Sex Addiction: The Never-Ending DebateA few weeks ago, after writing and publishing a blog titled “Treating Sexual Addiction” on the Counselor Magazine website, links to this fairly brief article made its way into various LinkedIn forums, including the Professional Sexology group (1,700 members), a forum that leans heavily toward the “sex addiction is a myth” school of thought. Generally, in virtual professional forums I am willing to answer questions, but I try to avoid ruffling feathers. As such, I typically don’t post about sex addiction in the groups that don’t want to hear about it (such as Professional Sexology). That said, I do believe an occasional debate is good for everyone involved—and we certainly have had (and are still having) a good one in the Professional Sexology forum. So far, the link to my little Counselor Magazine blog has received well over 100 comments, with more appearing every day. When I printed this material out, I was shocked to see that it had generated more than 30 single-spaced pages of commentary.

Given this deluge, I thought it might be insightful (and a little bit fun) to share an abbreviated version of this rather lively debate. Please keep in mind that, out of necessity, I am cherry-picking the main points of this discussion while working hard to be fair to all participants. If you want to read the entire commentary in its unexpurgated form, you can access it via LinkedIn in the Professional Sexology forum (though you have to first be approved for membership). I have chosen to fix grammar and spelling (everyone’s, not just my own), recognizing that LinkedIn commentary is often typed quickly and sent without proofreading. I have also redacted the names attached to these comments, in case any of the posters would prefer to remain anonymous away from their LinkedIn group.

So, on with the posts…

  • Dr. A: There is a huge, unresolved debate going on in psychotherapy listserves regarding the use of the term “sexual addiction.” Many claim that sexually compulsive behavior cannot be classified as addiction.
  • Me: [Dr. A], so good to see you weigh in here. … Yes, there is a lot of debate, but little substance to that debate. This is much more a political hot potato among the APA and research professionals than…a reality that there is no problem. … Ask any clinician who has been practicing for a decade or more and they will tell you what they are seeing. The challenge is more about…the APA’s recent aversion to all language involving “addiction,” along with the fact that few want to pathologize any form of consensual sexual behavior. It’s a bit of a mess, in fact. But that doesn’t mean that the problem doesn’t exist. For more detail, I suggest you read Marty Kafka’s well-researched APA proposal [hyperlink added] about the Hypersexual Disorder diagnosis. There you will see A LOT of peer-reviewed, tier one research pointing to the problem.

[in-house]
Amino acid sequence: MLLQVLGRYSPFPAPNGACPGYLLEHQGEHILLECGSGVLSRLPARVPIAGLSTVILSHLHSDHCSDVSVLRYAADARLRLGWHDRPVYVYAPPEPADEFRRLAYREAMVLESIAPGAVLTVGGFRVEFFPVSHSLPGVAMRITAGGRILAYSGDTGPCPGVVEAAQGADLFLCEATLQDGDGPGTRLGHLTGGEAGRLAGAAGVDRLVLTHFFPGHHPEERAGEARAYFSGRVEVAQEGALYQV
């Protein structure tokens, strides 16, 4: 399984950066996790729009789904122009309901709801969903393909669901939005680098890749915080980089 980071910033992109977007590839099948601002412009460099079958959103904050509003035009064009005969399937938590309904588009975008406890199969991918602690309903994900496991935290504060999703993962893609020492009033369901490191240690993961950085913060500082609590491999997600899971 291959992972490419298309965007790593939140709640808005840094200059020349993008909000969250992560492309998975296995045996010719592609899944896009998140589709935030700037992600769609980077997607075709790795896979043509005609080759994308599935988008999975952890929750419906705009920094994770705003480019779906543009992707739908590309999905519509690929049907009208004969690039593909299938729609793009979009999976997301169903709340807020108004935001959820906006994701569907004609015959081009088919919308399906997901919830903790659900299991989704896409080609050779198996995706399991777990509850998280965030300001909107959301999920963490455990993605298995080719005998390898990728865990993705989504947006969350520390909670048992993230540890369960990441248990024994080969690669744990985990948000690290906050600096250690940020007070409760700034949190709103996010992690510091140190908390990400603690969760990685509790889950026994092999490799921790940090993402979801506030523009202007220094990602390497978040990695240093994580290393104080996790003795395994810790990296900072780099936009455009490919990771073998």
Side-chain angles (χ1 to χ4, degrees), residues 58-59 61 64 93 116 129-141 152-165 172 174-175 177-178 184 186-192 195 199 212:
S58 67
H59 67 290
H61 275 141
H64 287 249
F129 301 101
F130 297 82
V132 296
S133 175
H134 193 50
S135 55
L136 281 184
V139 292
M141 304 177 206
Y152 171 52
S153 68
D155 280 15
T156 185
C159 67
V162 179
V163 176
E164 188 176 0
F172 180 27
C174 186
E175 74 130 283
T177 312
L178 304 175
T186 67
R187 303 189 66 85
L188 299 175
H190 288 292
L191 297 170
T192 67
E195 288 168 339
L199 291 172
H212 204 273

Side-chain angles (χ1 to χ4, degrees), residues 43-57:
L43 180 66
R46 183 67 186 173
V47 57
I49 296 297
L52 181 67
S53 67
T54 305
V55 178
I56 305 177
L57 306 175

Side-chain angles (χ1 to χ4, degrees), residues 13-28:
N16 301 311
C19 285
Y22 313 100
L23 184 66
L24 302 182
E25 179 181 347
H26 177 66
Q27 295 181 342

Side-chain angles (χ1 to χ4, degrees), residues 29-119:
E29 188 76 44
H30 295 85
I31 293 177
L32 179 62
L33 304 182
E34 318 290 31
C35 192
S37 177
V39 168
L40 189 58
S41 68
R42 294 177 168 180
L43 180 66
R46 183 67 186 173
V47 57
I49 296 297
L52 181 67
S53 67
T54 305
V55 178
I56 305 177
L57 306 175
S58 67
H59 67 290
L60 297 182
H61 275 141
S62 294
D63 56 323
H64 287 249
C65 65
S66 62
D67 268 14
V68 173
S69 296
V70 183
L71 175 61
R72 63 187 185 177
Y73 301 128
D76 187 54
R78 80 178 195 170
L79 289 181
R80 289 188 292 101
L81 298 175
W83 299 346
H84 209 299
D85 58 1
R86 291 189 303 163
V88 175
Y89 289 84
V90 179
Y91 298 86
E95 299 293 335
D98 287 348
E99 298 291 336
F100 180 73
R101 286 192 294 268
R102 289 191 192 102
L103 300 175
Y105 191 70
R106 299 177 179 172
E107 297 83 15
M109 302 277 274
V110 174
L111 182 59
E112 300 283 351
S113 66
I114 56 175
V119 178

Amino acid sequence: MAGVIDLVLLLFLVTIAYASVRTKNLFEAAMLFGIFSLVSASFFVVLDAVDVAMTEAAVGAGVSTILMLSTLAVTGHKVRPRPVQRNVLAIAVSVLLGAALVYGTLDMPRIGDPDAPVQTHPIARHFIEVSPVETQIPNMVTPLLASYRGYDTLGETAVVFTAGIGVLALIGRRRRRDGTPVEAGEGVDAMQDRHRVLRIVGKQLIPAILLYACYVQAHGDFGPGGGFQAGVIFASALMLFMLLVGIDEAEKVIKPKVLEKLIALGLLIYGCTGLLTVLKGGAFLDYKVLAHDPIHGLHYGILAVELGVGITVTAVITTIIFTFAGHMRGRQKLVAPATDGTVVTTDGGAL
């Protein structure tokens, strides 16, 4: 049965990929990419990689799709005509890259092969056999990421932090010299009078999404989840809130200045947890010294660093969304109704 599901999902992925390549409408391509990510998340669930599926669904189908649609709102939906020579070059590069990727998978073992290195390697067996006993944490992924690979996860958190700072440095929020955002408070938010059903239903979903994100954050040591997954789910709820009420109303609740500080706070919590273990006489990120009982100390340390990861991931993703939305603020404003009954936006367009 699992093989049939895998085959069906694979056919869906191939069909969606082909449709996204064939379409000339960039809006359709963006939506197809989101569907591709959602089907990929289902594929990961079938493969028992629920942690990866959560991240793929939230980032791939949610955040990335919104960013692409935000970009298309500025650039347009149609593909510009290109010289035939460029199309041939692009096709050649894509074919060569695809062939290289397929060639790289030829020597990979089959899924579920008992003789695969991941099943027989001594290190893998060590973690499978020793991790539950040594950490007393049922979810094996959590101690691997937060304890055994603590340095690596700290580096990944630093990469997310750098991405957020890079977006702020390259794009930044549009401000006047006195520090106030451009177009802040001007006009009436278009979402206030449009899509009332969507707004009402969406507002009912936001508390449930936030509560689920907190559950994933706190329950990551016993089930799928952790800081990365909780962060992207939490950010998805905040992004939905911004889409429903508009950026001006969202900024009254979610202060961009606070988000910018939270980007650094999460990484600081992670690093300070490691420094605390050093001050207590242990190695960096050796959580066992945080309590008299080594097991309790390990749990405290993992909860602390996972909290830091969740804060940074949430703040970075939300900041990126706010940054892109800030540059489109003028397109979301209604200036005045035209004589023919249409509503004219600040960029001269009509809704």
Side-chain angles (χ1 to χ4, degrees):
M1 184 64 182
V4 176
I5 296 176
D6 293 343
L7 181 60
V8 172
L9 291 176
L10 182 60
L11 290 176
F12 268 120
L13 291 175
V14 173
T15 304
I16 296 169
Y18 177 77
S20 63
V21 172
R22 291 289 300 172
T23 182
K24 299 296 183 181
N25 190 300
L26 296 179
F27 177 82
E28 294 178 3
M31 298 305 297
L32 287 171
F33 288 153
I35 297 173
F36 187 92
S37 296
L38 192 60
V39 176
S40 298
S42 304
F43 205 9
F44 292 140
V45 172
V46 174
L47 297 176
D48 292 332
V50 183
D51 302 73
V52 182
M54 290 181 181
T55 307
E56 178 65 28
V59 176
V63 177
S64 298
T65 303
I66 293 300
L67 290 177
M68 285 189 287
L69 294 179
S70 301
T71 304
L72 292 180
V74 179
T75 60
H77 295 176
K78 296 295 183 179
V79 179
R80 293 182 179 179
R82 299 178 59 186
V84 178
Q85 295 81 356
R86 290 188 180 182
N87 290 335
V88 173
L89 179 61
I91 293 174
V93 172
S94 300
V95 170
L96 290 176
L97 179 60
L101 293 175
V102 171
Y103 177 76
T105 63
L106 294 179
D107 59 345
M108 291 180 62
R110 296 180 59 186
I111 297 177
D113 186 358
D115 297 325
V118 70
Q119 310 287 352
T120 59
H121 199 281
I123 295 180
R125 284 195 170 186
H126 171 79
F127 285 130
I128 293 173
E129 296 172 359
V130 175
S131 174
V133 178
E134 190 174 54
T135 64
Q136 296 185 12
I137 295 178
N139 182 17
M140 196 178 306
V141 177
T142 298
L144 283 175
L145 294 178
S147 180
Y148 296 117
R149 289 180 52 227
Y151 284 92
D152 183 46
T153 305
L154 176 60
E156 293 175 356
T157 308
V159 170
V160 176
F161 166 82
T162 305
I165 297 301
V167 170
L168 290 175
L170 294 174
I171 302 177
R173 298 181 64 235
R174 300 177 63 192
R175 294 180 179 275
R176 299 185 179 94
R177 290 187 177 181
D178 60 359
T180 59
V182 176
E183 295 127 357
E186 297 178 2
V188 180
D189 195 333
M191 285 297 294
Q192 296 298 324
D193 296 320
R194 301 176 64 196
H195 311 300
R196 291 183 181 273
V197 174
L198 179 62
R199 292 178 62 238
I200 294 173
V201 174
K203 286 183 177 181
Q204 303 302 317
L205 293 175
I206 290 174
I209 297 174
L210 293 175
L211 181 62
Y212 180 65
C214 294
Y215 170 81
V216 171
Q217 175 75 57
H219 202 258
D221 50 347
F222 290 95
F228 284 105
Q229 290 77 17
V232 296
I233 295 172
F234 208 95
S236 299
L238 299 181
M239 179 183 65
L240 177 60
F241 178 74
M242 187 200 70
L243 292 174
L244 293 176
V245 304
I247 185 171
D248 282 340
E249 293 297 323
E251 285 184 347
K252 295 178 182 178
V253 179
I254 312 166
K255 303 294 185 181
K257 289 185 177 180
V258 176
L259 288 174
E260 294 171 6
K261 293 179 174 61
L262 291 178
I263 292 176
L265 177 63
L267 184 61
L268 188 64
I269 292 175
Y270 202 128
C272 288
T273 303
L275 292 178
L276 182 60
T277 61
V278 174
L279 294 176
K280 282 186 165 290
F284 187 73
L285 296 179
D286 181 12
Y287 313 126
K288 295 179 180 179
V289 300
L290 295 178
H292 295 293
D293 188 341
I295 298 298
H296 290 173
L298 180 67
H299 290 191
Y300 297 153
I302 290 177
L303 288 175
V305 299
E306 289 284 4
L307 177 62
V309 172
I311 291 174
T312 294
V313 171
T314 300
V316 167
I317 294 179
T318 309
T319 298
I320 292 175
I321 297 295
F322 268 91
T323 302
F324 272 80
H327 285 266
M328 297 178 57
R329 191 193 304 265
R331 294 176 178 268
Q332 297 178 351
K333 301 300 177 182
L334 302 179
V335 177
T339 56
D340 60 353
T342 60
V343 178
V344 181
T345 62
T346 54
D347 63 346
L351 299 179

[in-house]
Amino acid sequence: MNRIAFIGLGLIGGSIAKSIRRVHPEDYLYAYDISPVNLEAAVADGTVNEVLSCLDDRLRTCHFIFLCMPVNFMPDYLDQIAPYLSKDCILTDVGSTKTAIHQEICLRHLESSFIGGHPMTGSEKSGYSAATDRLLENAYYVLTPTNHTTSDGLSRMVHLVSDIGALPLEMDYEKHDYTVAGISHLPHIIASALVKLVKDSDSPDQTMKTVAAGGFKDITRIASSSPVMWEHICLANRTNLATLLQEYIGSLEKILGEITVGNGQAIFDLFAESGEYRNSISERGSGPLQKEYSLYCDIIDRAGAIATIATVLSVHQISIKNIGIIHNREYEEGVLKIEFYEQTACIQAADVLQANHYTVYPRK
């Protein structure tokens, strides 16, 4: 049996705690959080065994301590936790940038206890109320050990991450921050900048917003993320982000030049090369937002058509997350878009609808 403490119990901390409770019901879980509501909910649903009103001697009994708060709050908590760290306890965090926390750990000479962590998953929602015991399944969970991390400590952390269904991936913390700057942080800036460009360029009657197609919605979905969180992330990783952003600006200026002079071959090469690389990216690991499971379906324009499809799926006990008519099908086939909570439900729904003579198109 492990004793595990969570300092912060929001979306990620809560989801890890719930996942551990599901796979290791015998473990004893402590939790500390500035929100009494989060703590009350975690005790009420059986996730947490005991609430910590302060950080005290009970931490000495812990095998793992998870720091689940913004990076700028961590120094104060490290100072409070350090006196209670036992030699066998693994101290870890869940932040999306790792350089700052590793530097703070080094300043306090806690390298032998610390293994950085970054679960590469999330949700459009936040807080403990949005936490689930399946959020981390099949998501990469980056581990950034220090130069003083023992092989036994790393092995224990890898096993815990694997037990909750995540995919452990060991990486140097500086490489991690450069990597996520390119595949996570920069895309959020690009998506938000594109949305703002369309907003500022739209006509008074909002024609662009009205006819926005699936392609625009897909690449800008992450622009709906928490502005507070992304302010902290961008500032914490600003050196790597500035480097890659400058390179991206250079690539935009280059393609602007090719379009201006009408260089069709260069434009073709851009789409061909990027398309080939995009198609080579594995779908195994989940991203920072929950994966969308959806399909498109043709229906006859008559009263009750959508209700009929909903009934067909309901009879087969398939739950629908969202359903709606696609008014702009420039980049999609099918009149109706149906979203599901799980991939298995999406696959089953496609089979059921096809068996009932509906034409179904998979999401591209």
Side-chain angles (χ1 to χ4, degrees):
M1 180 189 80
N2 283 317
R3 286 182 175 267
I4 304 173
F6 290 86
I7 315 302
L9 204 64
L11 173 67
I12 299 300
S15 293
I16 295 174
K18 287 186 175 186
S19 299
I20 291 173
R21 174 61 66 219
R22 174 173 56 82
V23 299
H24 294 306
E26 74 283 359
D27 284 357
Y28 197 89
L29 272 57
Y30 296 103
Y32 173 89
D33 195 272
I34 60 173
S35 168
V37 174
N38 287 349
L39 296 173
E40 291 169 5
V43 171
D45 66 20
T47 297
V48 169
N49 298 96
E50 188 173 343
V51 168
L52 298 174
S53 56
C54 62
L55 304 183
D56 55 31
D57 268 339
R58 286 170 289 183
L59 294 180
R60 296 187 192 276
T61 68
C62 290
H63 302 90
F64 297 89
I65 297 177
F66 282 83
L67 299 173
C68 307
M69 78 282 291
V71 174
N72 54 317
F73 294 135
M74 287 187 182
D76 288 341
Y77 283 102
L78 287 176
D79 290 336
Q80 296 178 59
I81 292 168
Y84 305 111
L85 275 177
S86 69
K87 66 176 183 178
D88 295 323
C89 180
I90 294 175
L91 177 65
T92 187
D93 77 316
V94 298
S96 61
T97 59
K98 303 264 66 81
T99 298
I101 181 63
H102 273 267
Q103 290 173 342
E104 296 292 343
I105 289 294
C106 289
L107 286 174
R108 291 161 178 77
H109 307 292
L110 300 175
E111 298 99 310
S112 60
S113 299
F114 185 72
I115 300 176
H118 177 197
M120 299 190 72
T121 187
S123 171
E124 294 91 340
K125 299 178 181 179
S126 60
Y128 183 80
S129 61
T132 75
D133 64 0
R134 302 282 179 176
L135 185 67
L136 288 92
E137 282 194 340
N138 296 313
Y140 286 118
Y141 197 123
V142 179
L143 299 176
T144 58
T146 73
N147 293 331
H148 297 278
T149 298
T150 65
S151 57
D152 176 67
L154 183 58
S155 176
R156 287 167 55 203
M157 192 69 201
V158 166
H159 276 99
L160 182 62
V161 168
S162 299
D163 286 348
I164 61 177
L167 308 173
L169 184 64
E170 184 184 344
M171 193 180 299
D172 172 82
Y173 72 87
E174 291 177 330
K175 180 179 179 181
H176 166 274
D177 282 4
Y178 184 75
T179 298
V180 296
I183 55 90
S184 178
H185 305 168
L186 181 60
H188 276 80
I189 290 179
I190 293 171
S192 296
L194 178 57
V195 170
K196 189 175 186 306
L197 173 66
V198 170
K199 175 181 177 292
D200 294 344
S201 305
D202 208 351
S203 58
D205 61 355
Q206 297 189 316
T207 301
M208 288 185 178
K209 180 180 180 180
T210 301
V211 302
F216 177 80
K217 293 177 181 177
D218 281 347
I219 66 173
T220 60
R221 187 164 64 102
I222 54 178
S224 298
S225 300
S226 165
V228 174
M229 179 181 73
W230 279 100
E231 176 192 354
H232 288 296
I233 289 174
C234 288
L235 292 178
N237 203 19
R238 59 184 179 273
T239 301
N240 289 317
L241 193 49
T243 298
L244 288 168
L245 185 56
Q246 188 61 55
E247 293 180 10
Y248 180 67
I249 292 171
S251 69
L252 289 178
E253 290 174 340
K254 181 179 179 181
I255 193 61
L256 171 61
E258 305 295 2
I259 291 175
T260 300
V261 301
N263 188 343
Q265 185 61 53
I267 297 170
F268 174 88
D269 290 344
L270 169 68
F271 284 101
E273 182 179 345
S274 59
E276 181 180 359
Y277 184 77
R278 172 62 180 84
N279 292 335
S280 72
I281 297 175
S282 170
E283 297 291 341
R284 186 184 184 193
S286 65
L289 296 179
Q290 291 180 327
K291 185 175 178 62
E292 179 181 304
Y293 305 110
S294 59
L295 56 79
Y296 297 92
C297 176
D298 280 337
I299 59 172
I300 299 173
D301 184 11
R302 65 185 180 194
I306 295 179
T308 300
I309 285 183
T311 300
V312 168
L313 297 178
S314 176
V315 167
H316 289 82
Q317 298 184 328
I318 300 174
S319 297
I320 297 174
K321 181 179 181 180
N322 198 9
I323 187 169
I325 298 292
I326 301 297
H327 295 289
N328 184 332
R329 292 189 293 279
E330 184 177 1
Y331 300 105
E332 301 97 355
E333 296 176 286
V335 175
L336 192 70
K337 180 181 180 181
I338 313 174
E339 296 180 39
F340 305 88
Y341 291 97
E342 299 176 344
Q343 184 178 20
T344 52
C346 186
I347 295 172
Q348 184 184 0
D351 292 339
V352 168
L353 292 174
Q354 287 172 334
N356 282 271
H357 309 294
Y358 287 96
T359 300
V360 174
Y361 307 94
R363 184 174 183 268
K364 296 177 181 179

• Dr. A: Glad to hear there are some peer-reviewed research papers addressing this issue.
  • MSW Candidate: I think it’s important to mention that part of the reason there is such controversy around the subjects of sexual addiction and compulsion is the automatic stigmatization and pathologization that goes along with any sort of sexual expression that is outside of the mainstream.
  • Professor: So often the debate loses sight of the most fundamental issue—what are the criteria for classification of addiction and can sex meet these criteria by ticking a number (most) of the boxes? … Surely, for some, sex can tick most if not all of these boxes….
  • Psychologist/Author: I will note a powerful place where Rob, me, and the research agree. Some individuals who are using high levels of porn and sex also have high levels of depression. … It’s not the sex that causes the depression, but negative life events, and sex/porn is the coping mechanism. … The difference in my view from Rob’s is that I, and the research, indicate that the focus on sex is a simplistic distraction from the real issues involved. I think these people deserve help dealing with the social, moral, and relational conflicts they encounter due to their sexual behaviors. I just think that labeling their problems as a disease is foolish and unproductive.